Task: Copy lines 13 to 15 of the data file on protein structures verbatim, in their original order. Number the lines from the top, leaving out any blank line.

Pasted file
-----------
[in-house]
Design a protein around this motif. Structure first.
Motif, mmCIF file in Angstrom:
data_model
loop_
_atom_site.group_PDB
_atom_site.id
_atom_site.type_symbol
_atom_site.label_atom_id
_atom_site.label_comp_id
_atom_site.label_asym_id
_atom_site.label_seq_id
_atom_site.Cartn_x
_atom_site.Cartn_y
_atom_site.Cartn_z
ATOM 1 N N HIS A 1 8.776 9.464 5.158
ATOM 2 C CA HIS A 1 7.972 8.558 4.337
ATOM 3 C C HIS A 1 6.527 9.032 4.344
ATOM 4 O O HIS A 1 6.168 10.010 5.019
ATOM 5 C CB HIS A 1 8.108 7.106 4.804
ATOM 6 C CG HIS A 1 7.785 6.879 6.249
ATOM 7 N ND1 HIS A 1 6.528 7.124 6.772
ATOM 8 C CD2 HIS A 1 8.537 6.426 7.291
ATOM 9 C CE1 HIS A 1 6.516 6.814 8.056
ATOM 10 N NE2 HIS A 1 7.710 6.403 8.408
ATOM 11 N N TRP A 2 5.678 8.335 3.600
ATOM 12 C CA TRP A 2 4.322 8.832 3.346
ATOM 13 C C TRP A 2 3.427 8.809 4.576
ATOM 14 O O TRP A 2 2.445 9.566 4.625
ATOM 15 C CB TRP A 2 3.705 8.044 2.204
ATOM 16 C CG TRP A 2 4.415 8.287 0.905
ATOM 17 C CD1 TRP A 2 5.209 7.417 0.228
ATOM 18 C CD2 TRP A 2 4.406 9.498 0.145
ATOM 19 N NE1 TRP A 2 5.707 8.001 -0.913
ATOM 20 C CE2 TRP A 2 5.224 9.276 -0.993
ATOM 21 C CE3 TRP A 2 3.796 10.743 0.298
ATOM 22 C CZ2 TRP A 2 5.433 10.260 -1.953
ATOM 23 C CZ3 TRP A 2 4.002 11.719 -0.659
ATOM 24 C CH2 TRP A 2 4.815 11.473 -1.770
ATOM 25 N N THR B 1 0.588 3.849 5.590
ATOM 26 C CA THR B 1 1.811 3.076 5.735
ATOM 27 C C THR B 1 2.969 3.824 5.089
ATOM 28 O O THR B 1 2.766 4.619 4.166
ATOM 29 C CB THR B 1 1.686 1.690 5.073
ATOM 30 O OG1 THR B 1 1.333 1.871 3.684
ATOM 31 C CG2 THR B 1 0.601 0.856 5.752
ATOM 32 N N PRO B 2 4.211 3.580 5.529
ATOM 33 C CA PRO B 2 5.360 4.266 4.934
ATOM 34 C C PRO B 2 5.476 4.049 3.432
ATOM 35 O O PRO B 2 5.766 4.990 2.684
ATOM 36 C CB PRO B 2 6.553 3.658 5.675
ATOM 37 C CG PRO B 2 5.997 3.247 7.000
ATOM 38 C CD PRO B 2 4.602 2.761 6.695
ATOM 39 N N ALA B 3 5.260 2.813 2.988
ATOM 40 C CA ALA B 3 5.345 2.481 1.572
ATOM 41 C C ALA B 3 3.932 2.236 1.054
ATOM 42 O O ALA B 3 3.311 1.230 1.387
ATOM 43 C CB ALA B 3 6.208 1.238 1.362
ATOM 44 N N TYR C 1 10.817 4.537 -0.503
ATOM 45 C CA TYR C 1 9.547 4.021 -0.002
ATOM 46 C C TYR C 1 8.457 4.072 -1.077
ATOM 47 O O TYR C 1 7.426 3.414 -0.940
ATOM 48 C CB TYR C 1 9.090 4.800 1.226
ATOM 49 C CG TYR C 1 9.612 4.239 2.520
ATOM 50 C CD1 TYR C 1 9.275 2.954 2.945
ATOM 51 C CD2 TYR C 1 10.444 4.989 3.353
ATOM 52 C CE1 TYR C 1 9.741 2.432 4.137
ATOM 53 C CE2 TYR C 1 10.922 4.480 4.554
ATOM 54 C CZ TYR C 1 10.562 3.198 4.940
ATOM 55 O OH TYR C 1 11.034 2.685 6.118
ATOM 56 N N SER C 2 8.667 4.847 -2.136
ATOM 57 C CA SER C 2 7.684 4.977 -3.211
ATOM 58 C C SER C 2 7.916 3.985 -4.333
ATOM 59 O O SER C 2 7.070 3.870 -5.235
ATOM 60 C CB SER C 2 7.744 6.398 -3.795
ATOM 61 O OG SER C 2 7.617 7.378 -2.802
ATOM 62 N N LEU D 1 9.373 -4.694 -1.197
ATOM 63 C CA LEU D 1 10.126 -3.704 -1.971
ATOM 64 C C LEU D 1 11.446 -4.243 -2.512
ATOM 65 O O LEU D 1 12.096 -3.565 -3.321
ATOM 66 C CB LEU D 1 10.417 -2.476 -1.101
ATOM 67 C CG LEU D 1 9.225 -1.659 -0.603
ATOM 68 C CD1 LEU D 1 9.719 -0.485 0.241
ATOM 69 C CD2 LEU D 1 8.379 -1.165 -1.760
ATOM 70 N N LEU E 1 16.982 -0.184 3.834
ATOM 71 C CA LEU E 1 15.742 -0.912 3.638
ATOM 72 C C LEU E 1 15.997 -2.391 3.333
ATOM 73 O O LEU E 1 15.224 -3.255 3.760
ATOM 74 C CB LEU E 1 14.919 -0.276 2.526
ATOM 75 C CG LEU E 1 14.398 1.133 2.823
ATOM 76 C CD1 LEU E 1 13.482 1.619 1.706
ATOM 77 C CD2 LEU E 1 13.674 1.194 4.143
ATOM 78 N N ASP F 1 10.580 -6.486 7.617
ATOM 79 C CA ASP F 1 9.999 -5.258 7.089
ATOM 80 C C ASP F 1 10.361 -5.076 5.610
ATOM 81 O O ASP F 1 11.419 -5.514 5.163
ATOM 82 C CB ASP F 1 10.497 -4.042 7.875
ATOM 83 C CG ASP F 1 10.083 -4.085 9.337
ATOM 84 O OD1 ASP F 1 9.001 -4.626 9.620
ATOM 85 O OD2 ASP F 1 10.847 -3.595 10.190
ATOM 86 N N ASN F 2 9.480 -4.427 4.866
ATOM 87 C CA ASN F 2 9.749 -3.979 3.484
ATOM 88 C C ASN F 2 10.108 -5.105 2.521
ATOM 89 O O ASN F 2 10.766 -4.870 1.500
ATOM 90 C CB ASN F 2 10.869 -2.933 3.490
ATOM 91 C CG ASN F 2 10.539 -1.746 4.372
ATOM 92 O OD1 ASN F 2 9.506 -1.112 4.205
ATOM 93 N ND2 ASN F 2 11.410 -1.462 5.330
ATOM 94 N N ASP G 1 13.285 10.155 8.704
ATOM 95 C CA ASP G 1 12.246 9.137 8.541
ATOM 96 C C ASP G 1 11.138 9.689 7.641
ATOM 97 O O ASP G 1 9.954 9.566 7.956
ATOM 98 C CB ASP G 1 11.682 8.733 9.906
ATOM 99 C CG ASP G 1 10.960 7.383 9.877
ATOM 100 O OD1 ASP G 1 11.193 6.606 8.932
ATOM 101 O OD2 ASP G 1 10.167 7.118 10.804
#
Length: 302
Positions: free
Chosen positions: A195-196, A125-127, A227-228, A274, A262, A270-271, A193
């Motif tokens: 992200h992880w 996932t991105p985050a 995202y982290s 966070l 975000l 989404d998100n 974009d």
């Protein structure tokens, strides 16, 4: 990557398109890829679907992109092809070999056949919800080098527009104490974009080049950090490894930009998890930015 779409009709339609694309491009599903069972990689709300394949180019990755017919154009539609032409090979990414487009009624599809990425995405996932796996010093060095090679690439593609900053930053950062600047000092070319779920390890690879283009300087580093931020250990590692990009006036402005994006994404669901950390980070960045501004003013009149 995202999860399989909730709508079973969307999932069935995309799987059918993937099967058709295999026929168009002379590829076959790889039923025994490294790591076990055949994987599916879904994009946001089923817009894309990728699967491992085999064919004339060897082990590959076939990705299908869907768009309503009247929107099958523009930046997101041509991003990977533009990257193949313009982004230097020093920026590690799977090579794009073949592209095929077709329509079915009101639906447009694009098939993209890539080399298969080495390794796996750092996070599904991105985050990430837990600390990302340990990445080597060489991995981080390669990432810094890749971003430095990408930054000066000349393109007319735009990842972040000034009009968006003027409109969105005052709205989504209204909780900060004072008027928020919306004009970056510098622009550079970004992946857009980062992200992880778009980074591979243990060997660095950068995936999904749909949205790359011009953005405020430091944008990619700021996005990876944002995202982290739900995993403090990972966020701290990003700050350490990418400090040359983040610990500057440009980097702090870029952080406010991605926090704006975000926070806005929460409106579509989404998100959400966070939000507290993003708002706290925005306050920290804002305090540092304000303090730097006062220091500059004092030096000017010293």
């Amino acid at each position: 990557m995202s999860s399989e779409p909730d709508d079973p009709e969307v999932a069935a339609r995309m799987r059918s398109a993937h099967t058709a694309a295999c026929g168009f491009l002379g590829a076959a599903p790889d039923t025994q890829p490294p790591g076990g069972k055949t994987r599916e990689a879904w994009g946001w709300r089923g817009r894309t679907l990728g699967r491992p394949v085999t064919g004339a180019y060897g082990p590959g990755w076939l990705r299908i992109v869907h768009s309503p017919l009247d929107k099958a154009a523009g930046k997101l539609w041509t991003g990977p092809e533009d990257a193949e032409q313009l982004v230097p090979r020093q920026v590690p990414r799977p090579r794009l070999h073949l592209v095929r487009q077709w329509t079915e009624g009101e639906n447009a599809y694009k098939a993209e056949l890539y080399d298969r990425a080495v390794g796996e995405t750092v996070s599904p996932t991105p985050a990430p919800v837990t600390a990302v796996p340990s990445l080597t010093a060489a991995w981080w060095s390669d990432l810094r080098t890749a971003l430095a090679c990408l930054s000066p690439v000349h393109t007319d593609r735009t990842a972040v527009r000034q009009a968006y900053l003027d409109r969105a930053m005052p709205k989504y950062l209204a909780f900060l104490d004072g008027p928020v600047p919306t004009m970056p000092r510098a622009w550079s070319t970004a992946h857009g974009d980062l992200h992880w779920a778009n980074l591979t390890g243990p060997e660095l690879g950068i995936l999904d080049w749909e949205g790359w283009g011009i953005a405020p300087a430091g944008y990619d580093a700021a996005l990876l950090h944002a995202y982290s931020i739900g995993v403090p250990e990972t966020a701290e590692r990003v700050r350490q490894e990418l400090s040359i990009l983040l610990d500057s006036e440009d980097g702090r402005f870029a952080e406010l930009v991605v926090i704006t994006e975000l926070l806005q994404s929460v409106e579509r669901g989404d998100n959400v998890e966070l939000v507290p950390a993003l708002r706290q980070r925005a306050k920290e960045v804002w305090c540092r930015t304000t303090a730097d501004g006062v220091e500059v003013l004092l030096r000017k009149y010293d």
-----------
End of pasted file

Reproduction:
_atom_site.Cartn_x
_atom_site.Cartn_y
_atom_site.Cartn_z